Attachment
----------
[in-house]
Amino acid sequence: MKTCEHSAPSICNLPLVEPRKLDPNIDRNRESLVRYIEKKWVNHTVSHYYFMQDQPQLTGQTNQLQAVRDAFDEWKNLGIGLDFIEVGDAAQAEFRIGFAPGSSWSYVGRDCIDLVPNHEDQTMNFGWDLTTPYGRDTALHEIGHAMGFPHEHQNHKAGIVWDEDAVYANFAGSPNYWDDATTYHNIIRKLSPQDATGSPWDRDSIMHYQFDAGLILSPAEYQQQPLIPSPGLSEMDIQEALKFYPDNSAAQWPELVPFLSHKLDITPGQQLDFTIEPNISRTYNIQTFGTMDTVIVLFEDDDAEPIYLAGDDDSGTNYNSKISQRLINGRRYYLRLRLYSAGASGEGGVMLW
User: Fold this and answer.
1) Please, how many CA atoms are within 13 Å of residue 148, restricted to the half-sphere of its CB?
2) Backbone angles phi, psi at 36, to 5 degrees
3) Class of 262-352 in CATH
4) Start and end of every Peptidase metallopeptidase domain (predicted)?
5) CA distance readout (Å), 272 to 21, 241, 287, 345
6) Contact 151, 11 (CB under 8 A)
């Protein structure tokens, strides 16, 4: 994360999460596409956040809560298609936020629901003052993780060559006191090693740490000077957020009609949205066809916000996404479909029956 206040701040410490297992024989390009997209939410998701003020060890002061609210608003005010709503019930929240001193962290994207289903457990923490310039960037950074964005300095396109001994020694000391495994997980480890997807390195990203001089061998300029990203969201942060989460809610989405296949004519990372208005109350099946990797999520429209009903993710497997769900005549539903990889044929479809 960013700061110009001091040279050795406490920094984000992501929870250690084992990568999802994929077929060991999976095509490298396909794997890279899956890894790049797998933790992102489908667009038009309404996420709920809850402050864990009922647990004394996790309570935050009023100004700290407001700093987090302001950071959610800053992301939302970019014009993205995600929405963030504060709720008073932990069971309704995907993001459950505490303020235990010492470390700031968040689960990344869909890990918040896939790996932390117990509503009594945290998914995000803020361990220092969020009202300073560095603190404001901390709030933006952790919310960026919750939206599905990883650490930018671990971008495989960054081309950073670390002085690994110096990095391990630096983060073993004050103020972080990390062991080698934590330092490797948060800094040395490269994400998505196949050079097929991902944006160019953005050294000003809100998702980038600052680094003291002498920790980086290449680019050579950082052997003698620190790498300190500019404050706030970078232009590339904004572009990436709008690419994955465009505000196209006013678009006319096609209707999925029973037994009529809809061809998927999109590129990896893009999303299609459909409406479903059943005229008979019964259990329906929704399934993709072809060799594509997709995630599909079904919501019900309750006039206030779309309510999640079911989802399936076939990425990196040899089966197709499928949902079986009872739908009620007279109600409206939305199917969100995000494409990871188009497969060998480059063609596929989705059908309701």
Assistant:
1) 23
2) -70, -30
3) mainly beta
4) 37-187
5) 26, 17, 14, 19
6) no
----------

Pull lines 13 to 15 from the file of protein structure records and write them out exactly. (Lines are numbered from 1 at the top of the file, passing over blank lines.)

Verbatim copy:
2) -70, -30
3) mainly beta
4) 37-187